Age in terms of problem solving skills

20

What is Psychological age?

Age in terms of adaptational skills

21

What is social age?

social roles related to chronological age

22

What are the 3 issues in lifespan development?

nature vs. nurture, continuity vs. discontinuity, stability vs. change

23

What is the nature vs. nurture issue?

whether development is caused by biology or environment

24

What is continuity vs. discontinuity?

whether development is continual and cumulative or distinct changes

25

What is stability vs change?

Do we become older versions of the same person or do we change who we are as we grow

26

What are socio-cultural contexts?

the way culture, ethnicity, race and gender can influence society

27

What is culture?

behaviour patterns, beliefs, and other products of a group that are passed on

28

What is ethnicity?

based on cultural heritage, nationality characteristics, race, religion and language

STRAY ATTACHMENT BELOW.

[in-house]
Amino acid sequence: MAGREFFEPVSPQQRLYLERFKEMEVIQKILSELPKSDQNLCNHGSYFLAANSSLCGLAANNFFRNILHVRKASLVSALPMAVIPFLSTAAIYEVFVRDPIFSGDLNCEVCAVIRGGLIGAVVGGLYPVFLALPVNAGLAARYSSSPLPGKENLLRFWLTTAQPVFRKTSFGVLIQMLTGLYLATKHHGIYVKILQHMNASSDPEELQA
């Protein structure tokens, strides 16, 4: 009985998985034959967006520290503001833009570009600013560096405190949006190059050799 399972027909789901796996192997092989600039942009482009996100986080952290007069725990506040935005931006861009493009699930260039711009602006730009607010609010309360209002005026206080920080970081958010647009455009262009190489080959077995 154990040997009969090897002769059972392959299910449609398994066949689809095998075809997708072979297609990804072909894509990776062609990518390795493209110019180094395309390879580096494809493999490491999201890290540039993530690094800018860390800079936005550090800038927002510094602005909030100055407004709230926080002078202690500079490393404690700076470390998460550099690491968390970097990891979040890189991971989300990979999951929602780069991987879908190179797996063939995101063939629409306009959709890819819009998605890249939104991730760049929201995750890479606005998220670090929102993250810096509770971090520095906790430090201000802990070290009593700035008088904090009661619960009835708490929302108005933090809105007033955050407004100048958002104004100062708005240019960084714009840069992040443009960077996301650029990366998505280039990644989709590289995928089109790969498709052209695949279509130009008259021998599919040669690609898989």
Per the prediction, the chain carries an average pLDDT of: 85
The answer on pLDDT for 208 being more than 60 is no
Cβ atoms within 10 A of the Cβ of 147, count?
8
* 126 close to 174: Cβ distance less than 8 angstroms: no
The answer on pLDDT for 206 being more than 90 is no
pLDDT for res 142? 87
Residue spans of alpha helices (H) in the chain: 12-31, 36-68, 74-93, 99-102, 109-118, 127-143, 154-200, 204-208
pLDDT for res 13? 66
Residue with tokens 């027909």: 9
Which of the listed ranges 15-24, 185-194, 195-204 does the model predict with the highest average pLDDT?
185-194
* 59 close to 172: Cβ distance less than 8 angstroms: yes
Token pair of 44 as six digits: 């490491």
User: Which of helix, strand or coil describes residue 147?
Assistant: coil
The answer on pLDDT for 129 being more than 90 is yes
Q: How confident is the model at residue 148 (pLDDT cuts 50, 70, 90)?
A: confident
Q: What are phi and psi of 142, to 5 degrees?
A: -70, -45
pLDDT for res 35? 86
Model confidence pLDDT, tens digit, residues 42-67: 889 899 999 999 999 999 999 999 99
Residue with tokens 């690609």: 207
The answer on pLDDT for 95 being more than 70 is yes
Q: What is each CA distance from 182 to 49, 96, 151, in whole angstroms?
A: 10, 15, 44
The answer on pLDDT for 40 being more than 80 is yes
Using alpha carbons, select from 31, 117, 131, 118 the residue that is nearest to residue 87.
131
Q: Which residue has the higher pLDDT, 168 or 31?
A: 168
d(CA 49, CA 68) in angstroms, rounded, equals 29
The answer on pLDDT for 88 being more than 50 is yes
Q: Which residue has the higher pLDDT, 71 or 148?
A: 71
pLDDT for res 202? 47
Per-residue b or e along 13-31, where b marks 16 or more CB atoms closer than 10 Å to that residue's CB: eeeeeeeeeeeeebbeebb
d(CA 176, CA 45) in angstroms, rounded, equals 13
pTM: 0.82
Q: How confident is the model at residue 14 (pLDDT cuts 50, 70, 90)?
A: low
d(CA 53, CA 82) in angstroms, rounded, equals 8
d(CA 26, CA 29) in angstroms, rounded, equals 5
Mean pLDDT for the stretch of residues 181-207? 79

29

What is race?

classification based on real or imagined biological characteristics

30

What is gender?

the social and psychological dimensions of being male or female

31

What is social policy?

National government's course of action designed to influence the welfare of it's citizens

32

What are the four steps of the scientific method?

1) conceptualize a problem (create a theory/hypothesis)
2) collect data
3) analyze data
4) draw a conclusion

33

What are the 5 methods of data collection?

observational, survey/interview, case study, standardized test, physiological measures

34

What are the 3 kinds of research designs?

Correlational research, Descriptive research, and experimental research

35

What are the three time spans of research?

Cross sectional, longitudinal, and sequential

36

What is cross sectional research?

data collected from individuals of different ages at the same time

37

What is longitudinal research?

data collected from the same individuals over a period of time

38

What is sequential research?